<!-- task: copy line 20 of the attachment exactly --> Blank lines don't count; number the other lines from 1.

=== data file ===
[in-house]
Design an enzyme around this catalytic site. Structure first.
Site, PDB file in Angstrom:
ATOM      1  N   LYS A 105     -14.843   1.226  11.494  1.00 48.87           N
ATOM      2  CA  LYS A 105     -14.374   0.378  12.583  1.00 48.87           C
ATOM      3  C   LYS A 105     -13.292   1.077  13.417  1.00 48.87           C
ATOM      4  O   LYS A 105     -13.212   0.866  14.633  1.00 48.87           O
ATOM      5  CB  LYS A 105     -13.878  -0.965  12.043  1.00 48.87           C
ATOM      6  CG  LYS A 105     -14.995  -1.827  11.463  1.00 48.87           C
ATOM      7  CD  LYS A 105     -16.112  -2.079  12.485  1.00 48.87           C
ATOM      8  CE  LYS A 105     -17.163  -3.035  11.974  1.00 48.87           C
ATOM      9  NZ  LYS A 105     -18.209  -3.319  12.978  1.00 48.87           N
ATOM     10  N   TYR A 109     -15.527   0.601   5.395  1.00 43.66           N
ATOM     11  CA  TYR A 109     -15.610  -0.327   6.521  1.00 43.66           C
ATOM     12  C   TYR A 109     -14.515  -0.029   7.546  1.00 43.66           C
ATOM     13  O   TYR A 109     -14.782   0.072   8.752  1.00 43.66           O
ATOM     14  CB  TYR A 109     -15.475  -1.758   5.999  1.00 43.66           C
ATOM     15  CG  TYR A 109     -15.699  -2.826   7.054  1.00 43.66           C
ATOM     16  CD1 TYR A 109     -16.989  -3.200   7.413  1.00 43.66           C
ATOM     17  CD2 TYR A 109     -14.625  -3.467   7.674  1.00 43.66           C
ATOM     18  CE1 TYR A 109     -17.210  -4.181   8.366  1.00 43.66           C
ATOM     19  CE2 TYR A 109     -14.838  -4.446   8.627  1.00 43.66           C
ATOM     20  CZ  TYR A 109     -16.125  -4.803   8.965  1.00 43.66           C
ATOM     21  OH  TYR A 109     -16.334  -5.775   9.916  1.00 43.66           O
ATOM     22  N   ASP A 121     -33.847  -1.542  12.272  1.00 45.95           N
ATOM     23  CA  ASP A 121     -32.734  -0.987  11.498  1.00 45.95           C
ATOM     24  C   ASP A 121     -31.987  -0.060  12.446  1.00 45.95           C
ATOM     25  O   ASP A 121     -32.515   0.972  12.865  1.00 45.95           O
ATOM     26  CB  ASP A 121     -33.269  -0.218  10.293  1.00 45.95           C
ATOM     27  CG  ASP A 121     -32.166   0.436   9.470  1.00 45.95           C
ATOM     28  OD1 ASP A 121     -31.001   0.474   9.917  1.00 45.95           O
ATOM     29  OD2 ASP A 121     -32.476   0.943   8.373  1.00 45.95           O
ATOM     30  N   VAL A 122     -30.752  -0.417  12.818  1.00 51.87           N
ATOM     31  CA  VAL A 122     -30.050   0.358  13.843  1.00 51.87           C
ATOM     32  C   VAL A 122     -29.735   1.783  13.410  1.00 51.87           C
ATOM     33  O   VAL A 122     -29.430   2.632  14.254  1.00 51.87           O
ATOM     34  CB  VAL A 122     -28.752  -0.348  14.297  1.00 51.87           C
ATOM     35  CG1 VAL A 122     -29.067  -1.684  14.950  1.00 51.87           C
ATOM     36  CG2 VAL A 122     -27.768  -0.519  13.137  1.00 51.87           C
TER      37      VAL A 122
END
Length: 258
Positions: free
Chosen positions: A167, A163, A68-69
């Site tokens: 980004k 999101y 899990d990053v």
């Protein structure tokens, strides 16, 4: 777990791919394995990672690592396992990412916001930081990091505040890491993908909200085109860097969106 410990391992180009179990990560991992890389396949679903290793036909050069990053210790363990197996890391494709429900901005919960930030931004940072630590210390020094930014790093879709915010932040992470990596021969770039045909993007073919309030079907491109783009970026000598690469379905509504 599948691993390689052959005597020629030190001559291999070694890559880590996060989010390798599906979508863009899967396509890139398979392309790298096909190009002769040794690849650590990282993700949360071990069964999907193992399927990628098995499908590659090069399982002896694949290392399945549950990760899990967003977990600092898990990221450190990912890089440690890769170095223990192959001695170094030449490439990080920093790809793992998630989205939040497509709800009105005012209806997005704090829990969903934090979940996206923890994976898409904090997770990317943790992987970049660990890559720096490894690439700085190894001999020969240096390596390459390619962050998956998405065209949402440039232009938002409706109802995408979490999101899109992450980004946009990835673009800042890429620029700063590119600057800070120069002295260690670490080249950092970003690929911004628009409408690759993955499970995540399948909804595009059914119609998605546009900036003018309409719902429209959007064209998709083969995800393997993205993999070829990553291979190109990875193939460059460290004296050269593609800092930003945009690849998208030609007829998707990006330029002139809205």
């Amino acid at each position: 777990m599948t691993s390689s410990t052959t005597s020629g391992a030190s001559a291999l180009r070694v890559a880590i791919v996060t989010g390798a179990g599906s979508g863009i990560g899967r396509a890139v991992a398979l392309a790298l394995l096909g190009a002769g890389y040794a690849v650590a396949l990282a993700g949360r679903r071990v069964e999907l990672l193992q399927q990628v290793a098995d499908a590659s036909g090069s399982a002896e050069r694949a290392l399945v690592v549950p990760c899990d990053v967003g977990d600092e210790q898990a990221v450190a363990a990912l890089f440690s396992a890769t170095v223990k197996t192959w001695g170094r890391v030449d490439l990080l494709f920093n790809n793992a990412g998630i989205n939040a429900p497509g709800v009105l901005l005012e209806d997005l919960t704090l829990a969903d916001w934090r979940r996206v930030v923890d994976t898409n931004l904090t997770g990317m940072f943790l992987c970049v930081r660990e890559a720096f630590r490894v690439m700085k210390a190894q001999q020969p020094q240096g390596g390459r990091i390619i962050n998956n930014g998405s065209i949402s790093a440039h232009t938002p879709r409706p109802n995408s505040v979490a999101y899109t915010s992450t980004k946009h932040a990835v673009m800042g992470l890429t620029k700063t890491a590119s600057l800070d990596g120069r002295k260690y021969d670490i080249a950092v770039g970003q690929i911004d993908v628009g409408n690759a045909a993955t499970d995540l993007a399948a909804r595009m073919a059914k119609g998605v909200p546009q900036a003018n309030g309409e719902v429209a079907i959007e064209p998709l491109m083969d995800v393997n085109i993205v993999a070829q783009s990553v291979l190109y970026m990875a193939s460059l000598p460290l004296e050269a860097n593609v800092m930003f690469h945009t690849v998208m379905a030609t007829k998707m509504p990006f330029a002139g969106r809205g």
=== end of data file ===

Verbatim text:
ATOM     17  CD2 TYR A 109     -14.625  -3.467   7.674  1.00 43.66           C